Tuesday, August 23, 2011

find the heroes

So, over a Emergent Village, a person has posted a particularly whiny blog entry.

An early post I wrote raised concerns. I provocatively titled it: My Evolution Towards Theistic Evolution.* When a couple friends read this, I was accused of being an atheist. Someone then forwarded that article to my senior pastor at the time, attempting to get me fired from my youth pastor position. Luckily, my leader had an open mind on this particular issue. Yet, this incident drove me into theological hiding, with a determination to prevent this from happening again.

So, here we have the tone of the entry--this person has beliefs that are contrary to the church or churches he is working for, working for even as a youth pastor, and fear that discovery of his real beliefs will result in his losing his job. Would I be wrong in think that, in his role as youth pastor, he may have been trying to get those youths to share his beliefs? Were the people of the church not right to be concerned about what this person as youth pastor was teaching their kids?

Eventually, he leaves that church and goes somewhere else, still trying to keep his blog and online activities separate from his ministry, to a degree.

Then, it happened. I received the following comment on the Groans From Within contact page:

Wow, you actually believe this stuff? Well, it [the blog] is titled correctly, however, you might consider this groan to be the gas pains from deep within your own bowels. I hope the church isn’t paying for your time to produce such…wow.

After checking the name, email, and IP address, I knew exactly who left the comment. The following week, this person sent a five-page email to the pastoral staff and church board about why his family was no longer attending the church. And guess what, half-a-page was devoted to my “liberal” blog with the final sentence quoting a passage about false teachers being in danger of destruction. My guess is that they found my site through a Google search, in hopes to find dirt on leaders in the church. That week, I made the painful decision to set the blog to private and announced that I would be fasting from blogging indefinitely. This was a spiritually rewarding time, but in all honesty, the blog shutdown was mostly driven by an impulse to hide

But this doesn't end his 'trials and tribblations'.

After a few months of fasting, I reinvented my site and moved to a new domain. This time I determined to keep church and social media separate. Google search engines couldn’t find my new site, The Pangea Blog, and I chose to only use my first name. These steps certainly would hide my identity enough so that I wouldn’t get outed. But no such luck. Someone on my email update list was a spy and sent word to all the people who were angry at the church I worked at. Tensions rose among the more conservative crowd, but luckily at the close of the fiscal year, my “church planter residency” came to an end. The timing of this prevented greater dissension in the church. My attempts to hide didn’t work. Instead, hiding held back a part of who God designed me to be.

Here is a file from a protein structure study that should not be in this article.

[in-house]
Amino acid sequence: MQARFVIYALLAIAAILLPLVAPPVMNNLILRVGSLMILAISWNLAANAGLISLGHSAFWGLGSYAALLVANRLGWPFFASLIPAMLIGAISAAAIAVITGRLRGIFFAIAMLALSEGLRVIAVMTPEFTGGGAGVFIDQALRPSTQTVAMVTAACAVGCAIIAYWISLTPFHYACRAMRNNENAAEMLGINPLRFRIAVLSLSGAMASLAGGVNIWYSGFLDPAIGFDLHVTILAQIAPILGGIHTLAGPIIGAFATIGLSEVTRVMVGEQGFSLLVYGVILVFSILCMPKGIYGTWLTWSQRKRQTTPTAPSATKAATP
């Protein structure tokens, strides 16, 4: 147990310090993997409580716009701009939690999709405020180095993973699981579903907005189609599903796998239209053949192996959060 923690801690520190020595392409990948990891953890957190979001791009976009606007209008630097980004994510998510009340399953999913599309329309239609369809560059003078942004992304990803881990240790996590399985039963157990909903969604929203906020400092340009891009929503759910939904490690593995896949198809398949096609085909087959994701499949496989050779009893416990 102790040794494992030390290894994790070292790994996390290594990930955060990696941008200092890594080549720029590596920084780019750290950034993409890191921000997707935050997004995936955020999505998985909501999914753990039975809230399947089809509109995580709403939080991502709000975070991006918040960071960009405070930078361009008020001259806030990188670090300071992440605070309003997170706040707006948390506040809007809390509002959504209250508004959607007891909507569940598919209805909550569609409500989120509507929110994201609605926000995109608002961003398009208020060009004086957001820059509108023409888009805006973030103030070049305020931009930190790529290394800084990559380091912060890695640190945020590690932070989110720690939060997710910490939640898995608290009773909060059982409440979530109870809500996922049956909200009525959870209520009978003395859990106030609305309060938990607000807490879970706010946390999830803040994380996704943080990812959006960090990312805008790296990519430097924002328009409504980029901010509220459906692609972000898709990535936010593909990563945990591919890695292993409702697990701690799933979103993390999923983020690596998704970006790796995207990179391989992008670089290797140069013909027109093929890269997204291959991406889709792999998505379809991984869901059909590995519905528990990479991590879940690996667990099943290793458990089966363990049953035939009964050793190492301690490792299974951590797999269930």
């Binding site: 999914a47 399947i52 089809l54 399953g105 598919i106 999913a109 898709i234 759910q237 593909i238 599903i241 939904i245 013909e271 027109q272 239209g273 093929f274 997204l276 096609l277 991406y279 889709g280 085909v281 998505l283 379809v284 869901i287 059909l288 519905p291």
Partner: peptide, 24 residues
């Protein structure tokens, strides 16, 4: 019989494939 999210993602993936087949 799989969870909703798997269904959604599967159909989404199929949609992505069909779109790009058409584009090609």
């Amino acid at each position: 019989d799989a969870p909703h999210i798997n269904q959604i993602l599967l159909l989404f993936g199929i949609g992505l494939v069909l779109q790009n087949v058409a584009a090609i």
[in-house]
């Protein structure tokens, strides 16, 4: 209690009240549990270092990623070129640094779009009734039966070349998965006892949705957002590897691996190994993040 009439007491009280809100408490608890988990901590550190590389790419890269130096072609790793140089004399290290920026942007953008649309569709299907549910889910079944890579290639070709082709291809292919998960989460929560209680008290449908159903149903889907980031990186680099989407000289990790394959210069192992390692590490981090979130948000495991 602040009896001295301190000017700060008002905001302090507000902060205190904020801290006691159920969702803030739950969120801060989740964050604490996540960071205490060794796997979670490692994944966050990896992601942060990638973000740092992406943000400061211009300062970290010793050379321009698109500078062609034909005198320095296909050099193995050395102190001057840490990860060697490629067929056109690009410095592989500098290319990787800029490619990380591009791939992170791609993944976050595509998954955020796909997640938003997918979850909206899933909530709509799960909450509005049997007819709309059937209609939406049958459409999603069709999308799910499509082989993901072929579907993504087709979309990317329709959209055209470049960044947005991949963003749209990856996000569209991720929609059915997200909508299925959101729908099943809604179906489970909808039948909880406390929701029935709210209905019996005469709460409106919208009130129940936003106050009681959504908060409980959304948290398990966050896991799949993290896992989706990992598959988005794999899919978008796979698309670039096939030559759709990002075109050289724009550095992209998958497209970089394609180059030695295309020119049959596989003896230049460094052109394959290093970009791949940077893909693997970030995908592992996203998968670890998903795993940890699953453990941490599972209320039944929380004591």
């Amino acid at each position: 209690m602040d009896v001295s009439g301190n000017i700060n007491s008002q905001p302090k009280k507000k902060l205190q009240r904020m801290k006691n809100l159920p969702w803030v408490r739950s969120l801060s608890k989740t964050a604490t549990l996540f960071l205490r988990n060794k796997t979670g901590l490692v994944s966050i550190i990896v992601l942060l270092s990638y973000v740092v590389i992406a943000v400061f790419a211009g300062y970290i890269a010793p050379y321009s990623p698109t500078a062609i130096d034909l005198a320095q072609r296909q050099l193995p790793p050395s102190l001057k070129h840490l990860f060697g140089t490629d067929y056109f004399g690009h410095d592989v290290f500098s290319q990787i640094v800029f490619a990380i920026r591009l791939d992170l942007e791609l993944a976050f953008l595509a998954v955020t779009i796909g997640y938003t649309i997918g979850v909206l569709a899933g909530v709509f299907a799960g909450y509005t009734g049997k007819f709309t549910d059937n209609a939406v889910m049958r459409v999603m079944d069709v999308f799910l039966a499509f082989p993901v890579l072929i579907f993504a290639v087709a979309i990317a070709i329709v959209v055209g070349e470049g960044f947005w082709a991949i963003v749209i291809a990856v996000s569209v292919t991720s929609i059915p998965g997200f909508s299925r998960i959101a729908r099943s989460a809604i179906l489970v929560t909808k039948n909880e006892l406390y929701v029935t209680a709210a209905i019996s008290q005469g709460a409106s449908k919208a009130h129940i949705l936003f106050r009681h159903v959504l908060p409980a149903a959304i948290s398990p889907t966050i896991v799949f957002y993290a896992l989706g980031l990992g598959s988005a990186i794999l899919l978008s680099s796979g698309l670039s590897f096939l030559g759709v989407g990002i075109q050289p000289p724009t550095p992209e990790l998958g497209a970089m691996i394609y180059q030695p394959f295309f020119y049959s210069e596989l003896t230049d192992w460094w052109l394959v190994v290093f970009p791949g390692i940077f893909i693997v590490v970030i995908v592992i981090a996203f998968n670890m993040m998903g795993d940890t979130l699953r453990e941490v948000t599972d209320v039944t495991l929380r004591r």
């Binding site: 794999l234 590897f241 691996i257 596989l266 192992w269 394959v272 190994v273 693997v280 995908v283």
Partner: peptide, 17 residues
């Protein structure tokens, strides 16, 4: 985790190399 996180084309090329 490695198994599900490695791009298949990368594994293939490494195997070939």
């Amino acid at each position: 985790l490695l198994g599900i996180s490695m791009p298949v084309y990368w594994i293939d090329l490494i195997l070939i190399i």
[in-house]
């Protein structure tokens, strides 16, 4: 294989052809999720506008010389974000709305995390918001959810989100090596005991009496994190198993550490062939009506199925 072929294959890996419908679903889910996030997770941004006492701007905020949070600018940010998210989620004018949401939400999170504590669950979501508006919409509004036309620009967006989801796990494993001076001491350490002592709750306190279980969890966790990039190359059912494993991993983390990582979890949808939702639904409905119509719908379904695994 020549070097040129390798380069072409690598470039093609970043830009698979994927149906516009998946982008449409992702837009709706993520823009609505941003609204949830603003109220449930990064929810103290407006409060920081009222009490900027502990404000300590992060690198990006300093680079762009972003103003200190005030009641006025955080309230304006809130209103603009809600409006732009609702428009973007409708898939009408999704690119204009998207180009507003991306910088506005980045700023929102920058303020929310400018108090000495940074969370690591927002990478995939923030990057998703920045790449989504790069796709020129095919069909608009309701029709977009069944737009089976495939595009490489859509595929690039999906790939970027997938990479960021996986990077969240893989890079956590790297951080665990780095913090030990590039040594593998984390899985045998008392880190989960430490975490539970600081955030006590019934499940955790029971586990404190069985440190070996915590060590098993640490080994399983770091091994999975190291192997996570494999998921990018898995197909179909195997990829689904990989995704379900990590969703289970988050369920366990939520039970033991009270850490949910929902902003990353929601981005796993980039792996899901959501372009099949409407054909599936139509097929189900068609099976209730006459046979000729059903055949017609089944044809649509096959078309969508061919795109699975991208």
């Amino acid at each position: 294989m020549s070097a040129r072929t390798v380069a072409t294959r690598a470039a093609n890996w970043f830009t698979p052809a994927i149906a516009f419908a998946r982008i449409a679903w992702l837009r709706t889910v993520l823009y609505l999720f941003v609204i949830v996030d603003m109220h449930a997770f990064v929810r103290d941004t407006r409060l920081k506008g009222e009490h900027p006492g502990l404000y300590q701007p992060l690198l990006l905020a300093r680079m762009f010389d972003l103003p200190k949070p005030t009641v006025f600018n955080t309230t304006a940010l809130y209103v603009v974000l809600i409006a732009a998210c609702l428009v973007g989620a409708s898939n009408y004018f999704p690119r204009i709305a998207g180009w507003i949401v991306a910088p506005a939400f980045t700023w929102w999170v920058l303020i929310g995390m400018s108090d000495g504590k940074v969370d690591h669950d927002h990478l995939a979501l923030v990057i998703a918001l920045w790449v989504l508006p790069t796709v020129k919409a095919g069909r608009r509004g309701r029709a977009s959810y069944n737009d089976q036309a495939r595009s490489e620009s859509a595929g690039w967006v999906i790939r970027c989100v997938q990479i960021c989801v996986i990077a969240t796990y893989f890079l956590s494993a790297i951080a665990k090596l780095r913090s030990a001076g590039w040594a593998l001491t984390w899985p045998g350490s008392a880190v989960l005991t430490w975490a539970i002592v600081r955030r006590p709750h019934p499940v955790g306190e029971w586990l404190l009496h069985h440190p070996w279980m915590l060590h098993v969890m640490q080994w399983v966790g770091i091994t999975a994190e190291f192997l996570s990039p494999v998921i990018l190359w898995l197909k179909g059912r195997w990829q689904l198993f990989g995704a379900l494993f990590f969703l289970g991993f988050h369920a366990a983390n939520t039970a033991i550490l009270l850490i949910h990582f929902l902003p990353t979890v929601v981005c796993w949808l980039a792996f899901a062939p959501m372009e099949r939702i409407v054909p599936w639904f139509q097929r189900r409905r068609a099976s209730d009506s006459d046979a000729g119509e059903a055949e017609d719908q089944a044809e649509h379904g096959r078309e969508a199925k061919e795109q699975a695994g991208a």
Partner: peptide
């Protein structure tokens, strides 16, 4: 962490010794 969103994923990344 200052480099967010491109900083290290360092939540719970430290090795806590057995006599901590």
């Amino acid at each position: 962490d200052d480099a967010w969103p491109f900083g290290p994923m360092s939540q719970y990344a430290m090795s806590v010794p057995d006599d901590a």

So, this guy, a covert emergent, is working in churches, pretending to be one thing while being something else, and when he's outed, he blames those who found out about him and his real beliefs, and who contact the churches he works for and takes money from to minister for them.

Read the entire post. This whiny emergent wants to paint himself as a hero and martyr, and be praised for being so brave about coming out of his theological closet. But this man is no hero.

On one level, the heroes of this story are the people who found out about him, and notified the churches he worked for on his double life. They are the people whom this whiny emergent blames for his hard times, calling them "spies" and attributing to them what he considers bad motives. I am grateful for people who still try to keep the wolves from entering, especially under the guise of 'youth pastors'. These emergents always seem to try to target the young, the ignorant, the unlearned, the vulnerable.

On another level, the hero of this story is Christ, the Good Shepherd still protecting His sheep. I'm glad this emergent charlatan is out of his theological closet, so that any church worth its salt will know to avoid him.

No comments: